As to breathing too both sides as you approach the wall for a turn - that likely is going to cause more problems than it solves.  The act of breathing slows a swimmer down - even an elite swimmer.  For a triathlete that is somewhat technique challenged, the amount he/she slows will be even more pronounced.  If you breath to both sides going in to the wall, especially if you breathe less efficiently to one side then the other, all you really are going to accomplish is slow yourself down.  That will force you to overcome the inertia of your now slow momentum in the water which will further use the available oxygen.  It will be better to have proper breathing technique (breathing out underwater and in when your face is out of the water) and breathing every stroke cycle.

Hope that helps.




It looks like you understood my original post! I will experiment with both. I can see how sneaking in an extra breath here and there would really benefit me, but maybe in the end, I'll end up agreeing with you here. I know I do a long open turn, tucking my head under my arms, pushing hard, and riding that for a good 5-8 meters before coming up. But this is with a large breath immediately before I start.


2017-12-20 12:31 AM
in reply to: Trilogy


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Subject: RE: Flip turn and oxygen debt solution?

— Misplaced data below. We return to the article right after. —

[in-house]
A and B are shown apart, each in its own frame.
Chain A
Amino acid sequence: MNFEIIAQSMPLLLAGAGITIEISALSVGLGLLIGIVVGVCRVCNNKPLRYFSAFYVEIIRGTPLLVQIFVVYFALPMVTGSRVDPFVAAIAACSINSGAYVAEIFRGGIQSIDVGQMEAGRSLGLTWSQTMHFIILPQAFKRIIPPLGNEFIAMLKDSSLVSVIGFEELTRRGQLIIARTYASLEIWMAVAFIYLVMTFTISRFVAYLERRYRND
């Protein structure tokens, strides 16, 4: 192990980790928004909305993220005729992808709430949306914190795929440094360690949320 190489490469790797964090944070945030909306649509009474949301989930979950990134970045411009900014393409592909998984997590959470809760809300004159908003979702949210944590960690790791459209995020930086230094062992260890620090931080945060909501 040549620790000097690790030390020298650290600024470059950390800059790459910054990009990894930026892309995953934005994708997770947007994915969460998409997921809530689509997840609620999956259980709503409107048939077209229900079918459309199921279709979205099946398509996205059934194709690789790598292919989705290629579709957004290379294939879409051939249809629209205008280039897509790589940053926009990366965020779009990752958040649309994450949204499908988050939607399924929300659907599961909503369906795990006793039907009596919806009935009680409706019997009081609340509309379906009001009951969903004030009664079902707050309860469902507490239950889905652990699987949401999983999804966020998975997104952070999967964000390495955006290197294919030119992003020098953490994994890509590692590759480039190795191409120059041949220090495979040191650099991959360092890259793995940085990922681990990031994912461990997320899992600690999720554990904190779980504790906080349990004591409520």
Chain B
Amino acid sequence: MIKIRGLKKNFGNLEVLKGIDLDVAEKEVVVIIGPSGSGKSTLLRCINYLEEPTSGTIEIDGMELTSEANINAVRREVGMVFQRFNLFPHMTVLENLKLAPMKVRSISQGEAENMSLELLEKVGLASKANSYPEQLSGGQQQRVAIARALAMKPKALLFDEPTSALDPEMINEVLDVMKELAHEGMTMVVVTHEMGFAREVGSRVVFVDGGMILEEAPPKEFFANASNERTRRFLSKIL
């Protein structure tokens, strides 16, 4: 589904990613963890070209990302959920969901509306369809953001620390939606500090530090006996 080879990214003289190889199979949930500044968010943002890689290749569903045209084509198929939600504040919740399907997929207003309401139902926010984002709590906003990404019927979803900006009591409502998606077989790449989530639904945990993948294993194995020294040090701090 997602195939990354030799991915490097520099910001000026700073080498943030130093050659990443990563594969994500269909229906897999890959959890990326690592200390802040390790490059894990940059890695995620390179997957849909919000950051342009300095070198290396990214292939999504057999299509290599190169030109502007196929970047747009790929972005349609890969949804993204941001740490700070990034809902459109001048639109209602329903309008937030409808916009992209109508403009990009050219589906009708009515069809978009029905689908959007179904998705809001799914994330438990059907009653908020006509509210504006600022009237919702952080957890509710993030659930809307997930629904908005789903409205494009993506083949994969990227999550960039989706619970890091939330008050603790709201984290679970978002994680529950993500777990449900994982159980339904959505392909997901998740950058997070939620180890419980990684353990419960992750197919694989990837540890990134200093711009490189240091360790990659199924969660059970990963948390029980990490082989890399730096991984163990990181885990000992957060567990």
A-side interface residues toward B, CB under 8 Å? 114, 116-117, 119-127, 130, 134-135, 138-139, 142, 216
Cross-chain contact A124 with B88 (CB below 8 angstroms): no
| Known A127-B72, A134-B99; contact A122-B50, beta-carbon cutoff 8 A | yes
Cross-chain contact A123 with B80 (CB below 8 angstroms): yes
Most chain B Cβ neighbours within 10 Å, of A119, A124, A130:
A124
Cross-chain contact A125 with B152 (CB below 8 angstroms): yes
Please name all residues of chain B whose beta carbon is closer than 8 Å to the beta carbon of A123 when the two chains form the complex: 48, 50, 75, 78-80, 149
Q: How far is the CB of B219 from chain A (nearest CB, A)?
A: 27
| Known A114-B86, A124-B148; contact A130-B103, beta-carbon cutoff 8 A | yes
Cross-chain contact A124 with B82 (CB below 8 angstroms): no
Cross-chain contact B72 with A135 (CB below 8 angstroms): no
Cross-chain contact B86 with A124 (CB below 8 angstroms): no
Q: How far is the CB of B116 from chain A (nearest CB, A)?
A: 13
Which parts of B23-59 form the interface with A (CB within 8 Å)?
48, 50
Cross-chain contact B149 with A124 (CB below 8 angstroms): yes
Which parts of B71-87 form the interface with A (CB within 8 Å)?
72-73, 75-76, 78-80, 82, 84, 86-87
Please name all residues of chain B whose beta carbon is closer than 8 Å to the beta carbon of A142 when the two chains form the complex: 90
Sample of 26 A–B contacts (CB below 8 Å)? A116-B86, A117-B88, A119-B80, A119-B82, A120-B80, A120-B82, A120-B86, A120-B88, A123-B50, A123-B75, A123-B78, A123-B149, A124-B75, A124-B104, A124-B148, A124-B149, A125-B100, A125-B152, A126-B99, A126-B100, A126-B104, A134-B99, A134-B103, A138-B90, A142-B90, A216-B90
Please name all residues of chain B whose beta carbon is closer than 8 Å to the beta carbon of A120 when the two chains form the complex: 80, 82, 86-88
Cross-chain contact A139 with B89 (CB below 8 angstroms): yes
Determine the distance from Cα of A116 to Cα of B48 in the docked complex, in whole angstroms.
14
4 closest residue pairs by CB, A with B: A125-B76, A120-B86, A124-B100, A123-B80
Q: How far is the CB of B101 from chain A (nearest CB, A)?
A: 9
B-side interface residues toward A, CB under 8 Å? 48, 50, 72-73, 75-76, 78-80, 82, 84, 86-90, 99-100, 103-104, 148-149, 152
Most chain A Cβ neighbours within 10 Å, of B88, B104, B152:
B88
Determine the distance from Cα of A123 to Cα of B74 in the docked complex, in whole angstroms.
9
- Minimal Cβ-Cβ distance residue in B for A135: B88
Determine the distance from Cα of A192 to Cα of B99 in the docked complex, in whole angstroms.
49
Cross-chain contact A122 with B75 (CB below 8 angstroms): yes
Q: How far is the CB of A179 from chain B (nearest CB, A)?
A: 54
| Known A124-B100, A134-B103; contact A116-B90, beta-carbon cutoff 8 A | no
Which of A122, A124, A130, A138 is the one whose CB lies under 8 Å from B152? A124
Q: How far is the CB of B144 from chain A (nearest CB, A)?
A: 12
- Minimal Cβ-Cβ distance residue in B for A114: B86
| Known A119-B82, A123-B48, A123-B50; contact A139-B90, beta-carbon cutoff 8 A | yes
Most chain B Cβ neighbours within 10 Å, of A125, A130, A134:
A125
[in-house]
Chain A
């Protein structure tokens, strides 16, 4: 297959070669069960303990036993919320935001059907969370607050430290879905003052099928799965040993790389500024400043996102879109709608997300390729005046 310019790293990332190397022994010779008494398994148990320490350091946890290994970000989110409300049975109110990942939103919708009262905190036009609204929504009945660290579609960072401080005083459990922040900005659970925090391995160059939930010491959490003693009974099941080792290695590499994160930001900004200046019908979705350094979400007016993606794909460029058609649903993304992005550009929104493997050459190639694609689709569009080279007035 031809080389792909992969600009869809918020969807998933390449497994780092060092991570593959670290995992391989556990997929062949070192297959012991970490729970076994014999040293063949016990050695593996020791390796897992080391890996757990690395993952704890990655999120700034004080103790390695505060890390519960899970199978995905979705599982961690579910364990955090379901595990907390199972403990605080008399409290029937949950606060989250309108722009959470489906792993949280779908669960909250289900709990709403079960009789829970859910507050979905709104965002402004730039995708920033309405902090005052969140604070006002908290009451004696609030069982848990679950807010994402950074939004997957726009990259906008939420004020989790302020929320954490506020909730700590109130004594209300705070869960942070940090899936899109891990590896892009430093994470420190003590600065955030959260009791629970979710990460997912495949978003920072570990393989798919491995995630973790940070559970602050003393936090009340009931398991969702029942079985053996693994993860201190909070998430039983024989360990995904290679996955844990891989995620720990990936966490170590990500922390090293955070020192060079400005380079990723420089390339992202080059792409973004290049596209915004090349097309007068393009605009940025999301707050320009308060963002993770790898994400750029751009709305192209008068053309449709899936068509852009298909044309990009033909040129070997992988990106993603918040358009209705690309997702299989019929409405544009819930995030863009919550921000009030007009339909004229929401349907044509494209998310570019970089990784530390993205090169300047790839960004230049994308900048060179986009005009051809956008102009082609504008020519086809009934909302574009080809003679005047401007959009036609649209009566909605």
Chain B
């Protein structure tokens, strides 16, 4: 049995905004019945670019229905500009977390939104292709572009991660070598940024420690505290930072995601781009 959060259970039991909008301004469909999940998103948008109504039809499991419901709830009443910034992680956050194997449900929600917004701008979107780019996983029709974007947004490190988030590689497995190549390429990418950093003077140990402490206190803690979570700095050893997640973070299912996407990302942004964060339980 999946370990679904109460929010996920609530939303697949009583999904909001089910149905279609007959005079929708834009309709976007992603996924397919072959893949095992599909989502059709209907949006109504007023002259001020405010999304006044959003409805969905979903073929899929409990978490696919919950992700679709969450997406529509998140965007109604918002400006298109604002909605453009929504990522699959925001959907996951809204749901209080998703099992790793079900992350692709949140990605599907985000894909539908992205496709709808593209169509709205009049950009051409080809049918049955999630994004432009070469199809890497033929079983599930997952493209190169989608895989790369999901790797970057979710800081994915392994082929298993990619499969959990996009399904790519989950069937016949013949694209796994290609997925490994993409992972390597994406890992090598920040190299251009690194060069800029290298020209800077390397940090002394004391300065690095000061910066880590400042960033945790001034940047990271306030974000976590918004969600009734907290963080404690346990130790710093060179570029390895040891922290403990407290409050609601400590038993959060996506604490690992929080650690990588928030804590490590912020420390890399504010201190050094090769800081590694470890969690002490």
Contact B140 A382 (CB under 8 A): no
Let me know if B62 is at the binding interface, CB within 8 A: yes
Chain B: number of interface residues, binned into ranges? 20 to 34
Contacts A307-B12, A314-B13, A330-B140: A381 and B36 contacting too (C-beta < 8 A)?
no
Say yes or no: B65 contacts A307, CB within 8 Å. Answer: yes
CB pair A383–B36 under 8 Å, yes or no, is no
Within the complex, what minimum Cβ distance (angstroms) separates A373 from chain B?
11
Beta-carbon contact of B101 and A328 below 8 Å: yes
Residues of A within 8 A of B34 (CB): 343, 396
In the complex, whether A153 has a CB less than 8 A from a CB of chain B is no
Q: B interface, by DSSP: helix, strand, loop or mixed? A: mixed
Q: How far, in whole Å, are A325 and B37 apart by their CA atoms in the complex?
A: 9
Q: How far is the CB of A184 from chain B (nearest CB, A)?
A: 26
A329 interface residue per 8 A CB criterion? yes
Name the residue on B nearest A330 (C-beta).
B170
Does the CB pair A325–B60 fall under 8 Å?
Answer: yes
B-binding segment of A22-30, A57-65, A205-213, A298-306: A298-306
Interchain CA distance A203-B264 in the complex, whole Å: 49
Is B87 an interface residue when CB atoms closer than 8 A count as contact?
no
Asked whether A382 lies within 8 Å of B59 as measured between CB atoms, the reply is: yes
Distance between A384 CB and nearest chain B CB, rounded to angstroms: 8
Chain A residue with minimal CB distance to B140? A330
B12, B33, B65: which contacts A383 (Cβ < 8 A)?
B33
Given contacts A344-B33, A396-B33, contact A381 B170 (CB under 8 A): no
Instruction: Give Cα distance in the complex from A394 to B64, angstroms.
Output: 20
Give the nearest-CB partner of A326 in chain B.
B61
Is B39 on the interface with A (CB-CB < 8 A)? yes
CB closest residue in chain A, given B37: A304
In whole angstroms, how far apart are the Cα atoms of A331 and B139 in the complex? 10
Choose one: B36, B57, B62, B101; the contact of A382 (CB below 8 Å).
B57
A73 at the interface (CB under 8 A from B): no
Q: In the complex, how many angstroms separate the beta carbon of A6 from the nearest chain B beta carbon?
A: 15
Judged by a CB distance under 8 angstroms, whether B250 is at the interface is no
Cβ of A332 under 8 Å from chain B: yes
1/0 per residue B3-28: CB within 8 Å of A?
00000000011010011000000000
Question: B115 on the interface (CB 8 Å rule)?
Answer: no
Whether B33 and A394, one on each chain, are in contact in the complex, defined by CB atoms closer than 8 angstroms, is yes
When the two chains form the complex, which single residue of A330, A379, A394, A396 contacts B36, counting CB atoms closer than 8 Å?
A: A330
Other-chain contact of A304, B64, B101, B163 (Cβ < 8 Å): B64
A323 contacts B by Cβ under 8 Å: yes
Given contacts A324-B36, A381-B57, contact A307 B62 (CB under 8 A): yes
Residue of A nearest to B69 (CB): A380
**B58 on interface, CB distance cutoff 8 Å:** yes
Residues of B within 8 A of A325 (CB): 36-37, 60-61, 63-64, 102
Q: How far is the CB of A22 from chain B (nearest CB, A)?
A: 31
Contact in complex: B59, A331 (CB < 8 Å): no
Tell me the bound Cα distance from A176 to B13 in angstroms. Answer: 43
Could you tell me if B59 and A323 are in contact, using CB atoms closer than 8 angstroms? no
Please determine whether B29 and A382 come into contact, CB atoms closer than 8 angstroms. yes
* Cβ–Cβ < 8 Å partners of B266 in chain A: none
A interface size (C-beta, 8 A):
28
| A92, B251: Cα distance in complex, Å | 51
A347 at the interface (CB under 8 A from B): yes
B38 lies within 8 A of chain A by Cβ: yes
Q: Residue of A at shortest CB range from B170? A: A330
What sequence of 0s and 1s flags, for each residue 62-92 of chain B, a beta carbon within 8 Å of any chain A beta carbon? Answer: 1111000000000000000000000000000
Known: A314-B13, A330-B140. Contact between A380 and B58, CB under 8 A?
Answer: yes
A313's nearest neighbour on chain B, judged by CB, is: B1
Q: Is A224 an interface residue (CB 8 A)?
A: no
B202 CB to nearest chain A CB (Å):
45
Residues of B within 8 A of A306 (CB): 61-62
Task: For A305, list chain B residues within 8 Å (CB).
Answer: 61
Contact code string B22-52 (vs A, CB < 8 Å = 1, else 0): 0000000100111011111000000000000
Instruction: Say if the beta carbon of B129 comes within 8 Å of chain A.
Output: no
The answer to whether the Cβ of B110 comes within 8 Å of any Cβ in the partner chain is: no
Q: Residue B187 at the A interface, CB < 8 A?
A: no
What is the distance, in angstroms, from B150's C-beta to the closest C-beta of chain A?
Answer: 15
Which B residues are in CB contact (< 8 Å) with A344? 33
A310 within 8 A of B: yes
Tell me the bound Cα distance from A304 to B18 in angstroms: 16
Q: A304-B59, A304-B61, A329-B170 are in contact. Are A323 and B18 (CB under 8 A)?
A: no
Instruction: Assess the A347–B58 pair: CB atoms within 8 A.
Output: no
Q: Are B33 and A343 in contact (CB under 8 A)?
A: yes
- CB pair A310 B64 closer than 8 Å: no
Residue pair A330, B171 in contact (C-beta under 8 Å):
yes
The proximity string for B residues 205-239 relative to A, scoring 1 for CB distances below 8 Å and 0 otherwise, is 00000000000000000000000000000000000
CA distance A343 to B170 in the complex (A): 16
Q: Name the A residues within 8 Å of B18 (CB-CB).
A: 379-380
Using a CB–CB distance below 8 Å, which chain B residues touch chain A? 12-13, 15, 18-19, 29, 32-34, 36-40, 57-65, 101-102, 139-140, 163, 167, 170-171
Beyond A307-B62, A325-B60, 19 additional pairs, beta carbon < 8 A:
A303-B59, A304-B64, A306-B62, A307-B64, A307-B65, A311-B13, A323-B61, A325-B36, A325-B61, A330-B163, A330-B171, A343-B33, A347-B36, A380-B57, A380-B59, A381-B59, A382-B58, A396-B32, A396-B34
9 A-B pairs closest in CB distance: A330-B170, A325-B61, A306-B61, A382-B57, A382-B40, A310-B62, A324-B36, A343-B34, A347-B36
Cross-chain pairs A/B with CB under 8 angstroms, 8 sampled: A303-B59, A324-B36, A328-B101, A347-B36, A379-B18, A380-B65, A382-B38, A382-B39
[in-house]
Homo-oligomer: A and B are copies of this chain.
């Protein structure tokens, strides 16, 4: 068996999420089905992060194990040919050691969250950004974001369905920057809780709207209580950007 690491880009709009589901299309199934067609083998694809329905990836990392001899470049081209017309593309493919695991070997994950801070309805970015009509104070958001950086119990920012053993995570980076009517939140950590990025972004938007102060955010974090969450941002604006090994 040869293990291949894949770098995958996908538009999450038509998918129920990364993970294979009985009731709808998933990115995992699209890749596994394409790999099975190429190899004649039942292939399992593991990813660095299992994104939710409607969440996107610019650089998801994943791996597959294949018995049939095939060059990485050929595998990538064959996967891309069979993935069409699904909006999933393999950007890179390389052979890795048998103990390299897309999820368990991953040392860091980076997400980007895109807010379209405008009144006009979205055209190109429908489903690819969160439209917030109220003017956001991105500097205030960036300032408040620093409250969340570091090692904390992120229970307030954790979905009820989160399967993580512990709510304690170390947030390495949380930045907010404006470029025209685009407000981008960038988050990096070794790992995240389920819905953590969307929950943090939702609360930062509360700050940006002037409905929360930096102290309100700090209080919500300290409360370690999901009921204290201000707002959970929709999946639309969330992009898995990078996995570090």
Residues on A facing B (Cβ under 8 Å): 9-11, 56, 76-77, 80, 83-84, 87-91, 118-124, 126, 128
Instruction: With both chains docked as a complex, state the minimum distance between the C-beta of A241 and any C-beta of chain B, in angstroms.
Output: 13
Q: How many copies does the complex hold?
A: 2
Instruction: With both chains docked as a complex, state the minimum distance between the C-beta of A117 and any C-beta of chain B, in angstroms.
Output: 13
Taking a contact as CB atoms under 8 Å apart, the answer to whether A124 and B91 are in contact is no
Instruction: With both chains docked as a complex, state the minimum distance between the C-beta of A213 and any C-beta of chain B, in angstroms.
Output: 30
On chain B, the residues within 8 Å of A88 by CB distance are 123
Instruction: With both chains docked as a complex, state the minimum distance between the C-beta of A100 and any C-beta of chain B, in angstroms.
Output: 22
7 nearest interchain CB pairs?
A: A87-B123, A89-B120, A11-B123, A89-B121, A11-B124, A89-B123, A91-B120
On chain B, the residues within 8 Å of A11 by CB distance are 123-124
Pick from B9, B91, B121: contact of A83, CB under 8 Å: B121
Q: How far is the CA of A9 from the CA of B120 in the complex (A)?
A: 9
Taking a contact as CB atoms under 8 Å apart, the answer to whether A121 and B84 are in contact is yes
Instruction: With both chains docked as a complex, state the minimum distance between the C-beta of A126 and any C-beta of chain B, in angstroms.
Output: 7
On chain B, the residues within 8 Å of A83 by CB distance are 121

Hypoxic drills and underwater drills will help. e.g 200m which will be 4 x 50, breathing every 3, 5, 7, 9. Underwater 10 x 25m underwater kick (with fins) 20s rest. Just make sure you have someone with you (shallow water blackout). I'd switch from bi-lateral to every stroke when doing a TT or fast paced stuff. I only breathe bi-lateral on drills or warm ups. Everything else is same side, including racing.
2017-12-20 12:45 AM
in reply to: zedzded

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Subject: RE: Flip turn and oxygen debt solution?
Originally posted by zedzded

Hypoxic drills and underwater drills will help. e.g 200m which will be 4 x 50, breathing every 3, 5, 7, 9. Underwater 10 x 25m underwater kick (with fins) 20s rest. Just make sure you have someone with you (shallow water blackout). I'd switch from bi-lateral to every stroke when doing a TT or fast paced stuff. I only breathe bi-lateral on drills or warm ups. Everything else is same side, including racing.


I thought about that but the possibility of blackout scares me. Also, I'm convinced that I can get this flip-turn technique with more practice.

As for bilateral breathing, just to be clear, I'm talking of breathing every stroke (right-immediately again left-possibly immediately again right), and doing this only into and out of the turns. Then going back to breathing to one side every two strokes.

I do think there are benefits to bilateral breathing every three strokes for someone with some serious dead spots, but I worry about bringing this up as it will only cause more confusion!
2017-12-20 8:16 AM
in reply to: Trilogy

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Subject: RE: Flip turn and oxygen debt solution?